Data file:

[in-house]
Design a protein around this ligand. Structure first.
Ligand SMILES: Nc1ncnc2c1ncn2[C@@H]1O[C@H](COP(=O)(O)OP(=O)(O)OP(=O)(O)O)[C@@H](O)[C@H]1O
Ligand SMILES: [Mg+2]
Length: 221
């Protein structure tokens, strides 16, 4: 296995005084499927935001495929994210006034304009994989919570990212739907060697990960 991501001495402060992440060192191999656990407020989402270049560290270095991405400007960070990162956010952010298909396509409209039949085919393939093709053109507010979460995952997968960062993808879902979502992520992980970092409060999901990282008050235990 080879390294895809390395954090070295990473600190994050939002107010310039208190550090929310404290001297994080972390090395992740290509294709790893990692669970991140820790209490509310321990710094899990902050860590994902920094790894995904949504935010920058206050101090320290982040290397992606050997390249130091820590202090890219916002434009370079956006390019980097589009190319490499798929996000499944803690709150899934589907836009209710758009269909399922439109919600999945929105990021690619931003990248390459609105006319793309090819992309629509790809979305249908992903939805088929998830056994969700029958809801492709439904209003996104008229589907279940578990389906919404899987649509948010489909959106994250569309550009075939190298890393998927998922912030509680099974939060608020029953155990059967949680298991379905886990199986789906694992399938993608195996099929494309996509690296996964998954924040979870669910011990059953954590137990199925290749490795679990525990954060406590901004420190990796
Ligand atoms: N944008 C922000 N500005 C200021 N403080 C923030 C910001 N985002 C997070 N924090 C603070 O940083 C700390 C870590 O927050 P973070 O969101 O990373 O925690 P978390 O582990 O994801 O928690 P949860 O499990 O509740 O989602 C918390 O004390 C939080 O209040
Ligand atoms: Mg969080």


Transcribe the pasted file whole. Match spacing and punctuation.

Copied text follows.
[in-house]
Design a protein around this ligand. Structure first.
Ligand SMILES: Nc1ncnc2c1ncn2[C@@H]1O[C@H](COP(=O)(O)OP(=O)(O)OP(=O)(O)O)[C@@H](O)[C@H]1O
Ligand SMILES: [Mg+2]
Length: 221
């Protein structure tokens, strides 16, 4: 296995005084499927935001495929994210006034304009994989919570990212739907060697990960 991501001495402060992440060192191999656990407020989402270049560290270095991405400007960070990162956010952010298909396509409209039949085919393939093709053109507010979460995952997968960062993808879902979502992520992980970092409060999901990282008050235990 080879390294895809390395954090070295990473600190994050939002107010310039208190550090929310404290001297994080972390090395992740290509294709790893990692669970991140820790209490509310321990710094899990902050860590994902920094790894995904949504935010920058206050101090320290982040290397992606050997390249130091820590202090890219916002434009370079956006390019980097589009190319490499798929996000499944803690709150899934589907836009209710758009269909399922439109919600999945929105990021690619931003990248390459609105006319793309090819992309629509790809979305249908992903939805088929998830056994969700029958809801492709439904209003996104008229589907279940578990389906919404899987649509948010489909959106994250569309550009075939190298890393998927998922912030509680099974939060608020029953155990059967949680298991379905886990199986789906694992399938993608195996099929494309996509690296996964998954924040979870669910011990059953954590137990199925290749490795679990525990954060406590901004420190990796
Ligand atoms: N944008 C922000 N500005 C200021 N403080 C923030 C910001 N985002 C997070 N924090 C603070 O940083 C700390 C870590 O927050 P973070 O969101 O990373 O925690 P978390 O582990 O994801 O928690 P949860 O499990 O509740 O989602 C918390 O004390 C939080 O209040
Ligand atoms: Mg969080």